They have each gone on to lead full and productive lives with children and grandchildren who continue their proud legacy, and have now agreed that their mothers’ stories be told in their entirety to mark their 70th birthdays, and the day they were set free when the Americans arrived.

Hana, who has a PhD and works in the pharmaceutical industry testing cancer drugs, lives near San Francisco with her husband. She moved to the U.S. from Israel in the 1970s. Her only child Tommy lives in Brooklyn, New York and works in IT. She has two adored grandchildren. Mark is an ER doctor in Madison, Wisconsin, and has a second home in Arizona. He and his mother and stepfather moved to the United States in 1958. Mark is married and has four children and four grandchildren. Eva works for the Holocaust Educational Trust speaking to schoolchildren about her experiences and lives in Cambridge, England with her husband, a law professor. She has two sons and three grandchildren.

Theirs is an incredible account of courage, defiance and hope, which traverses the ghettos and occupied cities of Europe, via Auschwitz, to one of the most notorious camps of all. While most of their loved ones were reduced to smoke and ash, they somehow survived and believed their survival to be unique until they chanced upon each other at the 65th anniversary of the liberation in 2010. Each of them is an only child, and yet they’ve since become “siblings of the heart.”

This is the first time that the powerful testimonies of these miracle babies who survived the camps have been told in full. Never before have such young, healthy and eloquent survivors been able to bear witness in this way. It is also the first time in several years that these remarkable siblings were reunited in the place where they were meant to die but were instead “reborn.”

Mark said, “It’s amazing to have people who share the same story. There are so many who didn’t make it or who were killed or tortured. We made it.”

Hana added, “We all try to live our lives as best we can and to fill those shoes that are so empty. In memory of their memories, each new day is a promise.”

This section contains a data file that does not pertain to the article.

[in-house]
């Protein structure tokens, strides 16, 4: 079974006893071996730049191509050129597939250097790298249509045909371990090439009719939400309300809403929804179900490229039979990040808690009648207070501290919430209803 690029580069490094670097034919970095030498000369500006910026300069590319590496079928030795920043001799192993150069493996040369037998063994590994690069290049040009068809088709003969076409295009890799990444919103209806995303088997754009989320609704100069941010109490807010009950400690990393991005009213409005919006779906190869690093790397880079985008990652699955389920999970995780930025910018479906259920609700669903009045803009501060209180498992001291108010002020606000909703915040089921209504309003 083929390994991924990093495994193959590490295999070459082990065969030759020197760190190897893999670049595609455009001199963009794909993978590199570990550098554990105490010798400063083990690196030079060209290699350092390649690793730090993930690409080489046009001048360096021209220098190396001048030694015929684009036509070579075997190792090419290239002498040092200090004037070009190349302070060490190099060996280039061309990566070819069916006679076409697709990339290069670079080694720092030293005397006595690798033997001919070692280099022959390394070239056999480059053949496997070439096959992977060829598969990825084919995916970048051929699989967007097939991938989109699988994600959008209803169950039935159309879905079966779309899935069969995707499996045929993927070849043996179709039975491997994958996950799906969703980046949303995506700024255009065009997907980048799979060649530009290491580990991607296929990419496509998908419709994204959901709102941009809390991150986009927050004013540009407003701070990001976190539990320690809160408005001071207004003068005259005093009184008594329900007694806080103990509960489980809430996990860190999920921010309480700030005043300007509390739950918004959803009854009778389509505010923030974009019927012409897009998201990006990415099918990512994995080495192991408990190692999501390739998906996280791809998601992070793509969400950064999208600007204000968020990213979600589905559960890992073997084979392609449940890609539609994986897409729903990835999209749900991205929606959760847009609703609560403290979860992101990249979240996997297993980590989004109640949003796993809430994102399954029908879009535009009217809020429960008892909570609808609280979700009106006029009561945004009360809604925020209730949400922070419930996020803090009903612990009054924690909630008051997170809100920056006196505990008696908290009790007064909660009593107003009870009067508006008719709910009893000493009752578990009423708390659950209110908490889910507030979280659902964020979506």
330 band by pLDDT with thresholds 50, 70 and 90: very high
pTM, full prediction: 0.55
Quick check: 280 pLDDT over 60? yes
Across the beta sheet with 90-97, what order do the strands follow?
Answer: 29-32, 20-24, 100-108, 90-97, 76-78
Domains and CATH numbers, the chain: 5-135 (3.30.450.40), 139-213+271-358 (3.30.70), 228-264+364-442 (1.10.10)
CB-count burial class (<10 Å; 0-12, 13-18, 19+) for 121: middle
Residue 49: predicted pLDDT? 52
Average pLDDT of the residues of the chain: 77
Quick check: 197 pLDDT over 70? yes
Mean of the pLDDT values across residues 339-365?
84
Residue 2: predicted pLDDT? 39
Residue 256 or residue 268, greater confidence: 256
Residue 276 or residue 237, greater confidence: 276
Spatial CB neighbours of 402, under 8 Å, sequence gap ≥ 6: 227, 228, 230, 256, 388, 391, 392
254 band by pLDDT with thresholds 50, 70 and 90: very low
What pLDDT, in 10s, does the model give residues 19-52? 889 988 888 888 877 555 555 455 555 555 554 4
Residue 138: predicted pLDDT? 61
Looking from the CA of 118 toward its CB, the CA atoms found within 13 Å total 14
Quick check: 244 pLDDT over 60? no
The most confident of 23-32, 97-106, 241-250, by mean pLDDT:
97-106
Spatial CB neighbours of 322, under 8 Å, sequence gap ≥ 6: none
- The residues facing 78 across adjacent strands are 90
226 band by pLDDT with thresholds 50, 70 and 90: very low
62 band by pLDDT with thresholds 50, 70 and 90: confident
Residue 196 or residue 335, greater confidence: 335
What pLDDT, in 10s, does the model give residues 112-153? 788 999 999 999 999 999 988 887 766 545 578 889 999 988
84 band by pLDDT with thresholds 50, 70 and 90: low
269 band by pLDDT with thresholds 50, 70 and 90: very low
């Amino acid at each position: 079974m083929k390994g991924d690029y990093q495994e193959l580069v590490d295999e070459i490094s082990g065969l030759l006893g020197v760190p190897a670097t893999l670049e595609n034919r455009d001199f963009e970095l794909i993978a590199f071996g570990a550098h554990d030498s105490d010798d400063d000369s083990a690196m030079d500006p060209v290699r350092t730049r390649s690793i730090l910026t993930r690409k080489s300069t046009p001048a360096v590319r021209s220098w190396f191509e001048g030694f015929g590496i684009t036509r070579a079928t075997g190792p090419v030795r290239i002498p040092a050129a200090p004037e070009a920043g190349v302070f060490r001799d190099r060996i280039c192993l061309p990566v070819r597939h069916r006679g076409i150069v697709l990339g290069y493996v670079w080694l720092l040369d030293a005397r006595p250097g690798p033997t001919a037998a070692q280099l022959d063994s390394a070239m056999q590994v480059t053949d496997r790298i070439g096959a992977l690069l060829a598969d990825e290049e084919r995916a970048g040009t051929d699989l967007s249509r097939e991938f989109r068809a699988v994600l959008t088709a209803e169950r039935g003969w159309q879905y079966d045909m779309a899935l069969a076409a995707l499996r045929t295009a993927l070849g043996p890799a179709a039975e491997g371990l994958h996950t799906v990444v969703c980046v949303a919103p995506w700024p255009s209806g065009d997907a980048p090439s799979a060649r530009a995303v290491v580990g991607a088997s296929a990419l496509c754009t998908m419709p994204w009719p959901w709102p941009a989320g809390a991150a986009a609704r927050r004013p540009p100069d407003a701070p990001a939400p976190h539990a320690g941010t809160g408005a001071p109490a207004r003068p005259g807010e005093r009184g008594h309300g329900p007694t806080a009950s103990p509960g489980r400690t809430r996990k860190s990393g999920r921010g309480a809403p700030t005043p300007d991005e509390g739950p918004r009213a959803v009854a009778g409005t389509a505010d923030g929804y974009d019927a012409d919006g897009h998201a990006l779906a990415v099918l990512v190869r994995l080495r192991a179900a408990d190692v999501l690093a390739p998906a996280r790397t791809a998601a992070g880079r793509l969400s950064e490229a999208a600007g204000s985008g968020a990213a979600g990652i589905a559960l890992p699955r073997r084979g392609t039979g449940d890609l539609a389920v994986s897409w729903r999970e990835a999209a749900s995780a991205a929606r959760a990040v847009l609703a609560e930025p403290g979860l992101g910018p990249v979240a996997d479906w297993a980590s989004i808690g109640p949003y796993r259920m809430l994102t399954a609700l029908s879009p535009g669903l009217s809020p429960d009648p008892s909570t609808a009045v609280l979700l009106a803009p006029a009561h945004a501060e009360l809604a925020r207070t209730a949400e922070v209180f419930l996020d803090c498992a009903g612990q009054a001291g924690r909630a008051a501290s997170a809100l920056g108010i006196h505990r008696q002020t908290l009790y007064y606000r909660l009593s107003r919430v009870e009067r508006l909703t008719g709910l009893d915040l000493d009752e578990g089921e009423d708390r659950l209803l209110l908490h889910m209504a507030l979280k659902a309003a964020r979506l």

Wendy Holden goes into much more depth about this amazing story in her new book, Born Survivors: Three Young Mothers and Their Extraordinary Story of Courage, Defiance and Hope, now on sale. A former journalist, she’s written more than 30 books, including the New York Times best sellers A Lotus Grows in the Mud (the memoir of actress Goldie Hawn), Lady Blue Eyes (the autobiography of Frank Sinatra’s widow Barbara), and Memories Are Made of This (a biography of Dean Martin as seen through his daughter’s eyes). Holden’s first book, Unlawful Carnal Knowledge, the true story of a controversial Irish abortion case, was banned in Ireland. And Shell Shock, her history of Post Traumatic Stress Disorder, has been reissued as an e-book for the 100th anniversary of World War I. She lives in Suffolk, England, with her husband and two dogs and divides her time between the UK and the U.S.

The North American book launch for Born Survivors: Three Young Mothers and Their Extraordinary Story of Courage, Defiance and Hope was held at the Illinois Holocaust Museum and Education Center in Skokie, Illinois on May 19th. For more information contact Jerry Huffman at jerhuff@hotmail.com.

Discussion

3 people commented on "70 Years Later"
Feel free to join the conversation and leave a comment as well.

  • Christina Marti says:

    You where meant to be born , Manny blessings to you all

  • Yolanda De Paul says:

    This is a fine article. My husband an I will be at the Holocaust Museum on the 19th. My brother-in-law Albert J. Kosiek,was one of the liberators of Mauthausen. He returned to Mauthausen twice. once for the 20th anniversary where so many people wanted his autograph. When he returned for the 25th anniversary with his wife, my sister, Gloria, he brought card to give to people who wanted his address. He continued to hear from people around the world throughout his life. after his death, in 1982
    My sister continued to hear from survivors and their children. My sister died three years ago.

    My nephew, Larry Kosiek, his oldest son, has been in contact with the author of Born Survivors.

  • Debby kanner says:

    I never heard these stories. I am a child of 2 survivors. One from auschwitz
    Please send me more info where I can read
    This story